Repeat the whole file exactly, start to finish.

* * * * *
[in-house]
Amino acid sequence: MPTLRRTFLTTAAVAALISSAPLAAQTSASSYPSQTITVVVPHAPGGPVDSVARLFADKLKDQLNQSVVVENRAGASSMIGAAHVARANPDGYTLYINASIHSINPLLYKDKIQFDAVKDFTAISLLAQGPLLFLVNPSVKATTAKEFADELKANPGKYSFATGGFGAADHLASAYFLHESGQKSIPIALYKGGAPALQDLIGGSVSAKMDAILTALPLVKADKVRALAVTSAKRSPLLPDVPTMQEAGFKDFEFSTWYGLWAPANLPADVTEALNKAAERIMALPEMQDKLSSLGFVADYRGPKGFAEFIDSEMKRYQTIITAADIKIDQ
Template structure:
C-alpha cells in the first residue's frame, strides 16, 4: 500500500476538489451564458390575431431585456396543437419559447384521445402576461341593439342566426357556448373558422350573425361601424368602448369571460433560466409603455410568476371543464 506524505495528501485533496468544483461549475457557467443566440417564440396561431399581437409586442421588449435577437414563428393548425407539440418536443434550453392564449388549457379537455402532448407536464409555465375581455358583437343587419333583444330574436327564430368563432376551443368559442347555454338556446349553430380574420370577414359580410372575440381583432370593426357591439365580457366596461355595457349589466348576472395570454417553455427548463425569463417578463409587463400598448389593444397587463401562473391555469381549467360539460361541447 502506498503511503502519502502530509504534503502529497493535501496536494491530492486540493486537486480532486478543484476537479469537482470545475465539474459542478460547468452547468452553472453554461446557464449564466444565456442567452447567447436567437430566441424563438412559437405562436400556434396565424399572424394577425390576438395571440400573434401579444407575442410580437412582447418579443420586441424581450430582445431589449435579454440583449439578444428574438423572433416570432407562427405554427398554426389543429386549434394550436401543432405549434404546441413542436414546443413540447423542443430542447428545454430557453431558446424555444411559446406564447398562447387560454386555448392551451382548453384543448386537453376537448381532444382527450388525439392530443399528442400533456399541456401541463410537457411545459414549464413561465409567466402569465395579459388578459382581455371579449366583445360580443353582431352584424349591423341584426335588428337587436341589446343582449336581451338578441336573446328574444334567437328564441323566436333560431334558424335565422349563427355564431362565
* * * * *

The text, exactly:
[in-house]
Amino acid sequence: MPTLRRTFLTTAAVAALISSAPLAAQTSASSYPSQTITVVVPHAPGGPVDSVARLFADKLKDQLNQSVVVENRAGASSMIGAAHVARANPDGYTLYINASIHSINPLLYKDKIQFDAVKDFTAISLLAQGPLLFLVNPSVKATTAKEFADELKANPGKYSFATGGFGAADHLASAYFLHESGQKSIPIALYKGGAPALQDLIGGSVSAKMDAILTALPLVKADKVRALAVTSAKRSPLLPDVPTMQEAGFKDFEFSTWYGLWAPANLPADVTEALNKAAERIMALPEMQDKLSSLGFVADYRGPKGFAEFIDSEMKRYQTIITAADIKIDQ
Template structure:
C-alpha cells in the first residue's frame, strides 16, 4: 500500500476538489451564458390575431431585456396543437419559447384521445402576461341593439342566426357556448373558422350573425361601424368602448369571460433560466409603455410568476371543464 506524505495528501485533496468544483461549475457557467443566440417564440396561431399581437409586442421588449435577437414563428393548425407539440418536443434550453392564449388549457379537455402532448407536464409555465375581455358583437343587419333583444330574436327564430368563432376551443368559442347555454338556446349553430380574420370577414359580410372575440381583432370593426357591439365580457366596461355595457349589466348576472395570454417553455427548463425569463417578463409587463400598448389593444397587463401562473391555469381549467360539460361541447 502506498503511503502519502502530509504534503502529497493535501496536494491530492486540493486537486480532486478543484476537479469537482470545475465539474459542478460547468452547468452553472453554461446557464449564466444565456442567452447567447436567437430566441424563438412559437405562436400556434396565424399572424394577425390576438395571440400573434401579444407575442410580437412582447418579443420586441424581450430582445431589449435579454440583449439578444428574438423572433416570432407562427405554427398554426389543429386549434394550436401543432405549434404546441413542436414546443413540447423542443430542447428545454430557453431558446424555444411559446406564447398562447387560454386555448392551451382548453384543448386537453376537448381532444382527450388525439392530443399528442400533456399541456401541463410537457411545459414549464413561465409567466402569465395579459388578459382581455371579449366583445360580443353582431352584424349591423341584426335588428337587436341589446343582449336581451338578441336573446328574444334567437328564441323566436333560431334558424335565422349563427355564431362565